VERBAL CONDITIONING: PART 3

There are no perfect parents. We all make mistakes, and while some of us have learned from our mistakes others continue without a thought or care to the generational damage they are inflicting on their children. Mother is defined as a woman who has raised a child, given birth to a child, and/or supplied the egg, which in union with a sperm grew into a child. The Bible dictionary defined mother as a female parents, a woman in authority. Mothering, however, is the nurturing of an infant or small child by its mother. But some parents have used their status as adults and parents to release them of accountability to do what is right and to lead by example. Still, like it or not, with authority comes responsibility.

The idiom, Do what I say, not as I do should not be an excuse to be hypocritical and reckless. Authority does not mean laying down rules without regard to personal responsibility. I have heard the “I am grown so I can do what I want”line often used by parents to shun accountability and excuse bad behavior. But adulthood indicates—at least some level of—intellectual maturity because we have learned something from life and willing to help others avoid the same pitfalls.

Furthermore, whether you believe in God or not, “Train a child in the way he should go” means we give them the tools they need to make the right choices to fulfill their purpose. But those of us who believe in God must teach our children and grandchildren by words and by deeds what it means to fear God. We help them to develop a healthy appetite for the Word of God with the hope that they will come to depend on Him knowing that they are valued, loved and cared for. So “How can a young man keep his way pure? By living according to Your word” (Psalm 119:9).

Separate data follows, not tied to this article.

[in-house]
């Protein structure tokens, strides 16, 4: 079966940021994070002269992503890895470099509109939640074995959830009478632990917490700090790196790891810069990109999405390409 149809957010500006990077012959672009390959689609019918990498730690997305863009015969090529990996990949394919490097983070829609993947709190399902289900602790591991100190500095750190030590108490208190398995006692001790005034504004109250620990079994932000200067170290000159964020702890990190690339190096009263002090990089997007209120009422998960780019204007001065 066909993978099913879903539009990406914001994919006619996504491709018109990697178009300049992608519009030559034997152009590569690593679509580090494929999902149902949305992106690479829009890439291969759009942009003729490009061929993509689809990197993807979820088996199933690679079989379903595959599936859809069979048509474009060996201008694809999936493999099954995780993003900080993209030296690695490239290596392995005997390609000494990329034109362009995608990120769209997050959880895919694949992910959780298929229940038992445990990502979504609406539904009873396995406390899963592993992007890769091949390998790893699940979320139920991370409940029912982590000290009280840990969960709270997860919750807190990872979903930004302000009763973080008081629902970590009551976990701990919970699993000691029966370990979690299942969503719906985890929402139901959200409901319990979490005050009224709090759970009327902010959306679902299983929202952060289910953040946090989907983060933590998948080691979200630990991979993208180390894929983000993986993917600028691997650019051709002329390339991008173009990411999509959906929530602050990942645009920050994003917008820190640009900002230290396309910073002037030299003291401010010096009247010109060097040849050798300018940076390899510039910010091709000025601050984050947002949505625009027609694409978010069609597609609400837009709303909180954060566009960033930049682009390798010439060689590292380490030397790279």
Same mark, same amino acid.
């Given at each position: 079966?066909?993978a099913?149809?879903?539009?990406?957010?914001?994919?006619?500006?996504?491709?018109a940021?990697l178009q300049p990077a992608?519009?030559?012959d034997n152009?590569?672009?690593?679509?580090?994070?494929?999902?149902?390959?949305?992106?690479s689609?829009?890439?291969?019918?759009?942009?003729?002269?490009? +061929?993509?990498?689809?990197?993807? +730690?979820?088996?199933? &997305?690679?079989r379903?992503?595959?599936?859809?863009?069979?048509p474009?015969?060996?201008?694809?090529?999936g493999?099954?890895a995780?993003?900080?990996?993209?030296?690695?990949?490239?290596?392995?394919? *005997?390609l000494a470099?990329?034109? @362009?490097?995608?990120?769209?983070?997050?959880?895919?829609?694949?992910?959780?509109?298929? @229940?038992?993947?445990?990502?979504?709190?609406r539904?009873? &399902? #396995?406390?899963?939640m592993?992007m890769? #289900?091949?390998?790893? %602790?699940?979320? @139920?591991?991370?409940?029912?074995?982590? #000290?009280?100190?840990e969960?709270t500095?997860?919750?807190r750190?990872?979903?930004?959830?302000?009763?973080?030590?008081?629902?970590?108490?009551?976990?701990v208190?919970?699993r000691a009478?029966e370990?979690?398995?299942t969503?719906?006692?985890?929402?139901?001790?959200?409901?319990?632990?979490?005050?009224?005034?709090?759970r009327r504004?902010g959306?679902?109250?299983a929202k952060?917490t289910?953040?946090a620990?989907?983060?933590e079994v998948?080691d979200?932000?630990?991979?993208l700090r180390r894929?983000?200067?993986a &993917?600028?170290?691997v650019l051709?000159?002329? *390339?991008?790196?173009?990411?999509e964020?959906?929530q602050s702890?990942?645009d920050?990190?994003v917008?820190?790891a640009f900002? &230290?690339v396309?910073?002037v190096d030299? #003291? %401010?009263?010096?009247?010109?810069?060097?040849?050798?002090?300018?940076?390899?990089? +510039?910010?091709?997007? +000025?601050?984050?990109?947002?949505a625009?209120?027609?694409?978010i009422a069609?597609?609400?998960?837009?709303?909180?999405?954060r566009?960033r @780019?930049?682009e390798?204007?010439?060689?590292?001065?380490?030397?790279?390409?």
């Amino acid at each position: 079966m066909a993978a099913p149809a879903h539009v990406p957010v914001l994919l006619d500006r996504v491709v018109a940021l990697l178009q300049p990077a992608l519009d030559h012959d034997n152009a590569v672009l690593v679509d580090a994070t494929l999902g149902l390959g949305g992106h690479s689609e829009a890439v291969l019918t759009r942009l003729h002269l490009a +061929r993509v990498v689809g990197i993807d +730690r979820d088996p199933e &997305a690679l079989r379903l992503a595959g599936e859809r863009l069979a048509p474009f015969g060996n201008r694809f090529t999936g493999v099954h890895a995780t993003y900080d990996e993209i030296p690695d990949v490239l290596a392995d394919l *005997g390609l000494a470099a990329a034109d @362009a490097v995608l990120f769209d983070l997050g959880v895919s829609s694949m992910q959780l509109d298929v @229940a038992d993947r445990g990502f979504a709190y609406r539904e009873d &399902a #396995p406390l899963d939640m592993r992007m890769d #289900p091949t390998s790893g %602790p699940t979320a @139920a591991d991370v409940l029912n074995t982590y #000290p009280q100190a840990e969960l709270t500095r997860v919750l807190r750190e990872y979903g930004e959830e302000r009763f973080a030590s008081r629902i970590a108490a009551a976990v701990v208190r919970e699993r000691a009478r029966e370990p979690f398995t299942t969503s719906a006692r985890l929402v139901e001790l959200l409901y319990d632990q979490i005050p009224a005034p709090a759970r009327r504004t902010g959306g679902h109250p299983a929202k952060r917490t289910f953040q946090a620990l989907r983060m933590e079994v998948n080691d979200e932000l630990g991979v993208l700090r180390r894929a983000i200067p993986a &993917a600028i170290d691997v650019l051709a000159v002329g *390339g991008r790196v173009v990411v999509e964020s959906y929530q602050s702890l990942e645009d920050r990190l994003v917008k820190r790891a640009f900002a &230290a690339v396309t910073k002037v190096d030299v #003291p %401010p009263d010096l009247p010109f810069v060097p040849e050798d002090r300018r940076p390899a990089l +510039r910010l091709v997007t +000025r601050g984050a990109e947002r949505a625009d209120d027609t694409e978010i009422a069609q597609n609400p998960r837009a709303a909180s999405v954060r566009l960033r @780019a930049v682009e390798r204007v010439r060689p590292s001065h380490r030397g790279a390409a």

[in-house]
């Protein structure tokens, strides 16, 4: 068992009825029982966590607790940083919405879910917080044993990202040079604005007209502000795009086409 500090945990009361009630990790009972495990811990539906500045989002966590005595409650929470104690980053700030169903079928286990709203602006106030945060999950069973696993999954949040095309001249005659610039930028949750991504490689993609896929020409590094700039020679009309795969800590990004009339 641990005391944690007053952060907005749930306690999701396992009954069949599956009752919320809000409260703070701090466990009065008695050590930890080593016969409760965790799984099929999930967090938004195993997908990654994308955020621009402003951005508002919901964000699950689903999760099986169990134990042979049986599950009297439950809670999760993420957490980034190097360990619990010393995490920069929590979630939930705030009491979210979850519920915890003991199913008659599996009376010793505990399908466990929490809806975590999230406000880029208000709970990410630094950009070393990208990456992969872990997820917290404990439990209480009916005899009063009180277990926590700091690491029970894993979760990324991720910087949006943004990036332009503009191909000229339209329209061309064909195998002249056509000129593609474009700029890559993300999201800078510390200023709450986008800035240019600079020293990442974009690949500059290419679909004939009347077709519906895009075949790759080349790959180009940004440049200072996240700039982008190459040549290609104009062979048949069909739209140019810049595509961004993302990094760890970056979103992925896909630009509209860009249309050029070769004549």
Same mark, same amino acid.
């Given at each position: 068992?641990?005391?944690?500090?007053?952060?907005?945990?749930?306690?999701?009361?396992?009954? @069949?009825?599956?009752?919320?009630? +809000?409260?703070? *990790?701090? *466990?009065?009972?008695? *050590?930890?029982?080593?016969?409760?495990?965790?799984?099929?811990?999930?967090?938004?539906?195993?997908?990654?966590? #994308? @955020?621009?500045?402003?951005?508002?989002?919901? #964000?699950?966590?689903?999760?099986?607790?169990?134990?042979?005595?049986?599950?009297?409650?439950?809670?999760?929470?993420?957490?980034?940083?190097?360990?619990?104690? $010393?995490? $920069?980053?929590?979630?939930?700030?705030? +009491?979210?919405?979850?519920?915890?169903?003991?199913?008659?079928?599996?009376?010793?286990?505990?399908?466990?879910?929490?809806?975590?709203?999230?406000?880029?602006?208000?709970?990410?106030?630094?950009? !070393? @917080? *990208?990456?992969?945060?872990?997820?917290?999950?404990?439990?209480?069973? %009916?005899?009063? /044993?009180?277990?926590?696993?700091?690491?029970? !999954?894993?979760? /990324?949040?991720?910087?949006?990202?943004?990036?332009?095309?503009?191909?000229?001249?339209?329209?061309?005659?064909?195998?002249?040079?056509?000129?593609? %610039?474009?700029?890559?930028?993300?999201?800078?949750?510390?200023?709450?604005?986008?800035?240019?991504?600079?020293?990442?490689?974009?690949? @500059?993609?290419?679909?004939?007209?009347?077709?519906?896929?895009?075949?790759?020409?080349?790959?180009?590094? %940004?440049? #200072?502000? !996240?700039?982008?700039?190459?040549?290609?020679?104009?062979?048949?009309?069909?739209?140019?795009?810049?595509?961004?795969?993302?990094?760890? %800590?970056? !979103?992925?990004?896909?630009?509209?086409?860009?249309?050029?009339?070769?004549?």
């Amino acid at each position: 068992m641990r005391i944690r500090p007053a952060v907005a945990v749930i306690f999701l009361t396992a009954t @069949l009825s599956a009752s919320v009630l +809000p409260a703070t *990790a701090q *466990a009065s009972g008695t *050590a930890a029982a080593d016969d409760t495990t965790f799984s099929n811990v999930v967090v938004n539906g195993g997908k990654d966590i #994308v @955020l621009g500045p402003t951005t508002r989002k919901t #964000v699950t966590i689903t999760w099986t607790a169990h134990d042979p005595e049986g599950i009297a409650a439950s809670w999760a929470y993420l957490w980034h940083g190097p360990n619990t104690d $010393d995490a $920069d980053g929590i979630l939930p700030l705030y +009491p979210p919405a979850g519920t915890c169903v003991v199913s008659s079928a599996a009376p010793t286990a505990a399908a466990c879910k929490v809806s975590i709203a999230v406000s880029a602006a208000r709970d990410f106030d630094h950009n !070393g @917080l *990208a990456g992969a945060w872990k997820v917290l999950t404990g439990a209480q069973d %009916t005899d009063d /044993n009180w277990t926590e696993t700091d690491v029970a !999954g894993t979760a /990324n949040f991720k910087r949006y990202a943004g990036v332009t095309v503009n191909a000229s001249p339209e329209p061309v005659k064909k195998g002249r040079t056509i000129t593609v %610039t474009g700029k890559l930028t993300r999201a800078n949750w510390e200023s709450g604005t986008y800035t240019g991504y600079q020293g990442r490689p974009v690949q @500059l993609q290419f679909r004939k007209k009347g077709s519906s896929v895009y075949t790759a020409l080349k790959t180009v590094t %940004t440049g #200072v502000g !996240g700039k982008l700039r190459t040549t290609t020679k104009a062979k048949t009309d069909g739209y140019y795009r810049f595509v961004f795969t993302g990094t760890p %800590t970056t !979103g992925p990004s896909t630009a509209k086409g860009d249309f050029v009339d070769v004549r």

Hence, verbal conditioning suggests that if children hear something often enough they are likely to believe it, and if they believe it they will live it. Whether we bless or curse our children, our words become a tape recorder that plays over and over in their heads affecting their self-image, behavioral patterns, the ability to give and accept love, and the ability to make good decisions. So when a child hears over and over that he/she is ugly, dumb, stupid, worthless, good-for-nothing, will never amount to anything in life, eventually that child will believe it and live up to those expectations. That is how we conditioned our children for mediocrity, failure or greatness, and it is how we teach them that abuse in all its ugly forms are normal and tolerable. We must never forget that what children see in the eyes of a parent becomes the lens through which they view themselves.

THINK ON THESE THINGS:

When a father pats his teenage son on the back and tells him he’s the man because he has scored with a girl, then turns around and calls his daughter a tramp or a slut because she makes a decision that may or may or have resulted in pregnancy, how can we wonder why so many men do not respect the women in their lives?

When a mother tells her daughter that men are either drunks, gamblers, womanizers or wife beaters, but as long as he’s paying the bills she should be happy, how can we wonder how our daughters can settle for abusive, debasing relationships that seeks to disarm, isolate and rob them of life itself?

WATCH FOR MY FINAL THOUGHTS ON VERBAL CONDITIONING

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